"There's no room to dance!" repeated the girl with the double vodka cranberry beside me. No, there wasn't, and getting to the bar wasn't a cake walk either. Blame Jack White or blame one of the great careers in American music, but the Wanda Jackson show at the Duck Room was packed elbow-to-elbow, from the old-timer seats to the side walls lined with rockabilly fillies.
But a sold out show is as it should be for an audience with the Queen.
At 73 years-regal, Jackson has the highest profile album of her career, The Party Ain't Over, produced by the former guitarist of the White Stripes. Midway through the set, she recounted the story of getting a phone call, not long after her long-overdue induction into the Rock & Roll Hall of Fame in 2009. The crowd hung on every word of that story, and all the tales she spun over an 80 minute set of solid gold hits and new material, all delivered with the growl that hasn't lost a tooth of its wickedly playful bite.
Opener Dex Romweber, backed by sister Sara on drums, knew he'd best keep his set concise and focused. Starting promptly at 8 p.m., Romweber let his chunky, over-driven Silvertone guitar do most of the talking, racing through new and bluesy material, and jamming hard on surf instrumentals, as Sara worked all corners of a tom-heavy kit. Romweber is an elemental singer and songwriter; there's no flash or strut in his version of rockabilly and blues, but his big-throated howl is well-suited to the trashy sound.
By 9:26 p.m. Jackson's band of Nashville pros had assembled on stage, warming up with a suite of rock & roll standards - Chuck Berry, Buddy Holly, Bo Diddley - and then brought on the Queen of Rock & Roll with a few chords from "Rumble." It was a more-than-fitting entrance for Jackson, who jumped right into "Riot in Cell Block #9," leaving a verse or two in the dust. "Don't worry," she said to her band. "I'll catch up." And she did, shaking her rhinestone fringe, pumping her fists at her side, but keeping her phrasing - soaked in reverb but somehow even more visceral and supple than on recent recordings - ever in mind. As she swung into mid '50s hits "Rock Your Baby" and "I Gotta Know," her band tight as a full set of Man Spanx, it was clear that she still knows how to have a blast on stage, even as her movements are cautious and her stories amble about.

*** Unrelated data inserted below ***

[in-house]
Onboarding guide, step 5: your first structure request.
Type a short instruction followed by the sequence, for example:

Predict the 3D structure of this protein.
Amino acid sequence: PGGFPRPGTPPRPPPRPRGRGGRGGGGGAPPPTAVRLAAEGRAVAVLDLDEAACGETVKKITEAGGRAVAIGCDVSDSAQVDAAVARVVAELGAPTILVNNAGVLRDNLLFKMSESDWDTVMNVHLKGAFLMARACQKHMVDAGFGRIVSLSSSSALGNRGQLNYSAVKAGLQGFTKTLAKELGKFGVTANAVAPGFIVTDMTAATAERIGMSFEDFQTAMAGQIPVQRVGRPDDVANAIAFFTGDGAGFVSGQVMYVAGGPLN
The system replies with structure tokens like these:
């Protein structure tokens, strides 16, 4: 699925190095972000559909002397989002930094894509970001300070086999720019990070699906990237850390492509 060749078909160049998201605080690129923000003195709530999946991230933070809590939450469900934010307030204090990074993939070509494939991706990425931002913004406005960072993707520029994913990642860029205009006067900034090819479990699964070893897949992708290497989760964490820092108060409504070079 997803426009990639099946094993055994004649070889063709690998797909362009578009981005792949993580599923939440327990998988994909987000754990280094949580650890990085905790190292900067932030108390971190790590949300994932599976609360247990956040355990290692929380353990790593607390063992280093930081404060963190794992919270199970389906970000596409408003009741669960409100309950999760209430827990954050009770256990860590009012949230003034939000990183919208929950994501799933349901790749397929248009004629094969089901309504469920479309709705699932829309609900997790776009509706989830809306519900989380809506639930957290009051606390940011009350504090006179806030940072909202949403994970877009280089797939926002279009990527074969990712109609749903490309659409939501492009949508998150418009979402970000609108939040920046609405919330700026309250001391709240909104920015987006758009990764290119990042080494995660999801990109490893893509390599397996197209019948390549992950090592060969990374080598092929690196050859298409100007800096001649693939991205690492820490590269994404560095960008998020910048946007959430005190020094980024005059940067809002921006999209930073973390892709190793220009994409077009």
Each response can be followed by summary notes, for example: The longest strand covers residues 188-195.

But those stories, from reveling in wearing Elvis' ring for a year to the tale behind a particularly salacious album cover to finding Jesus in the '70s (the crowd should have expected that born-again moment, but didn't), were part of what makes a Wanda Jackson show so memorable. She's a survivor, one of the last of the true rock & roll originals. Still, the biggest irony of the evening was simply that, as an icon, she has never quite matched the expectations of her audience. That's our problem; not hers.
Jackson flashed only hints of the wild, quasi-feminist trailblazer, randomly splashing the front row with a bit of water, and digging into the desperation of Eddie Cochran's "Nervous Breakdown." Ultimately, she's as comfortable and effective with country music - that's where she got her start after all - as she is with primal rockabilly. "I don't know if I have the pipes for this tonight," she cautioned before "I Betcha My Heart I Love You." The introduction was just part of the act. She yodeled through every nook and cranny of the song, her voice only breaking softly at the edges. That simple country pop tune was stunning and comic and moving, a highlight that no one could have expected. As the set closed out with "Let's Have a Party" and "Whole Lotta Shakin' Goin' On," Jackson made it known that she still is the Queen. Her subjects await her return.